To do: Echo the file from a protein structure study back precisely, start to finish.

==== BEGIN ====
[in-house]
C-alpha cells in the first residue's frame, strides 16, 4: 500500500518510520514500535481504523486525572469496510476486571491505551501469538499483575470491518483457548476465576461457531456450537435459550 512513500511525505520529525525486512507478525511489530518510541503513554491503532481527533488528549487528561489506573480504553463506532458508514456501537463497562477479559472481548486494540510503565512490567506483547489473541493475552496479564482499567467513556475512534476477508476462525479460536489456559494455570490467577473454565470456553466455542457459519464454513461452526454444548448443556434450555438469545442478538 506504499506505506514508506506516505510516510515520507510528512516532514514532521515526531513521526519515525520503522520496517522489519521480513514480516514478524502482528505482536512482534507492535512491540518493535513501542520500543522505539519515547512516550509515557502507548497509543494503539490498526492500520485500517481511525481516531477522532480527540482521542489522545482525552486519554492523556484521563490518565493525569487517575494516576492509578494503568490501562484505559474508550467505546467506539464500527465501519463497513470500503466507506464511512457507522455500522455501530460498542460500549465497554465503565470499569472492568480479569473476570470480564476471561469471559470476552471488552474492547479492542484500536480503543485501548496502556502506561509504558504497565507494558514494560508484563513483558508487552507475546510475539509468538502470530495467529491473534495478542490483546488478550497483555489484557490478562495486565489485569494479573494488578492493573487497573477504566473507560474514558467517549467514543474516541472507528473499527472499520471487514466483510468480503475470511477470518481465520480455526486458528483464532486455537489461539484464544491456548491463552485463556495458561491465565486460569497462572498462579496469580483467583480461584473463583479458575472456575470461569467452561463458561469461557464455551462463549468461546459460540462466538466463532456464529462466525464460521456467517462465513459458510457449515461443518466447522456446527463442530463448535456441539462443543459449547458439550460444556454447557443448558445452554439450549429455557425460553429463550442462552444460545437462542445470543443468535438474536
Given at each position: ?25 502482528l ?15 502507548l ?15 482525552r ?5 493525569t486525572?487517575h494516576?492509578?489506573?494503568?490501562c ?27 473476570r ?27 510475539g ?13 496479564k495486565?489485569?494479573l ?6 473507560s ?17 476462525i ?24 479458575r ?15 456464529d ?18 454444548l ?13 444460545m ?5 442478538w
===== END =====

[in-house]
C-alpha cells in the first residue's frame, strides 16, 4: 500500500518510520514500535481504523486525572469496510476486571491505551501469538499483575470491518483457548476465576461457531456450537435459550 512513500511525505520529525525486512507478525511489530518510541503513554491503532481527533488528549487528561489506573480504553463506532458508514456501537463497562477479559472481548486494540510503565512490567506483547489473541493475552496479564482499567467513556475512534476477508476462525479460536489456559494455570490467577473454565470456553466455542457459519464454513461452526454444548448443556434450555438469545442478538 506504499506505506514508506506516505510516510515520507510528512516532514514532521515526531513521526519515525520503522520496517522489519521480513514480516514478524502482528505482536512482534507492535512491540518493535513501542520500543522505539519515547512516550509515557502507548497509543494503539490498526492500520485500517481511525481516531477522532480527540482521542489522545482525552486519554492523556484521563490518565493525569487517575494516576492509578494503568490501562484505559474508550467505546467506539464500527465501519463497513470500503466507506464511512457507522455500522455501530460498542460500549465497554465503565470499569472492568480479569473476570470480564476471561469471559470476552471488552474492547479492542484500536480503543485501548496502556502506561509504558504497565507494558514494560508484563513483558508487552507475546510475539509468538502470530495467529491473534495478542490483546488478550497483555489484557490478562495486565489485569494479573494488578492493573487497573477504566473507560474514558467517549467514543474516541472507528473499527472499520471487514466483510468480503475470511477470518481465520480455526486458528483464532486455537489461539484464544491456548491463552485463556495458561491465565486460569497462572498462579496469580483467583480461584473463583479458575472456575470461569467452561463458561469461557464455551462463549468461546459460540462466538466463532456464529462466525464460521456467517462465513459458510457449515461443518466447522456446527463442530463448535456441539462443543459449547458439550460444556454447557443448558445452554439450549429455557425460553429463550442462552444460545437462542445470543443468535438474536
Given at each position: ?25 502482528l ?15 502507548l ?15 482525552r ?5 493525569t486525572?487517575h494516576?492509578?489506573?494503568?490501562c ?27 473476570r ?27 510475539g ?13 496479564k495486565?489485569?494479573l ?6 473507560s ?17 476462525i ?24 479458575r ?15 456464529d ?18 454444548l ?13 444460545m ?5 442478538w